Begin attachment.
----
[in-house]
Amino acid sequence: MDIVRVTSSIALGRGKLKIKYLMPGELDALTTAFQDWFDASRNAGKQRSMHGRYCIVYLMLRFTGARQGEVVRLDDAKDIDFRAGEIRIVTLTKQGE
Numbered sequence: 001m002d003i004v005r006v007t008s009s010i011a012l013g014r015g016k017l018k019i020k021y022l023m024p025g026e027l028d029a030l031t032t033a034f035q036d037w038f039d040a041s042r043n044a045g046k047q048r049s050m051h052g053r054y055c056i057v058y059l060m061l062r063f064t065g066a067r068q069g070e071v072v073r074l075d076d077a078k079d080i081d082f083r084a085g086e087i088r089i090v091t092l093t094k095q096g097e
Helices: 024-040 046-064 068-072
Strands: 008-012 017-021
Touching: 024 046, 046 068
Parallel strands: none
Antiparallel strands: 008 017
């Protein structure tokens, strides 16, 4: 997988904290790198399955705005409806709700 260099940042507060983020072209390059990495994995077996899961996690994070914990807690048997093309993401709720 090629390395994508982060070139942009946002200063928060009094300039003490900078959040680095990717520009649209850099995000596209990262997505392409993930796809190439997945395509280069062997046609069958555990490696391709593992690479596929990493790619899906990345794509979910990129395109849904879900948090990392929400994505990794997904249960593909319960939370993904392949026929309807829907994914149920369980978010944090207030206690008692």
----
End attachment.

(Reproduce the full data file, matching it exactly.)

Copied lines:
[in-house]
Amino acid sequence: MDIVRVTSSIALGRGKLKIKYLMPGELDALTTAFQDWFDASRNAGKQRSMHGRYCIVYLMLRFTGARQGEVVRLDDAKDIDFRAGEIRIVTLTKQGE
Numbered sequence: 001m002d003i004v005r006v007t008s009s010i011a012l013g014r015g016k017l018k019i020k021y022l023m024p025g026e027l028d029a030l031t032t033a034f035q036d037w038f039d040a041s042r043n044a045g046k047q048r049s050m051h052g053r054y055c056i057v058y059l060m061l062r063f064t065g066a067r068q069g070e071v072v073r074l075d076d077a078k079d080i081d082f083r084a085g086e087i088r089i090v091t092l093t094k095q096g097e
Helices: 024-040 046-064 068-072
Strands: 008-012 017-021
Touching: 024 046, 046 068
Parallel strands: none
Antiparallel strands: 008 017
């Protein structure tokens, strides 16, 4: 997988904290790198399955705005409806709700 260099940042507060983020072209390059990495994995077996899961996690994070914990807690048997093309993401709720 090629390395994508982060070139942009946002200063928060009094300039003490900078959040680095990717520009649209850099995000596209990262997505392409993930796809190439997945395509280069062997046609069958555990490696391709593992690479596929990493790619899906990345794509979910990129395109849904879900948090990392929400994505990794997904249960593909319960939370993904392949026929309807829907994914149920369980978010944090207030206690008692």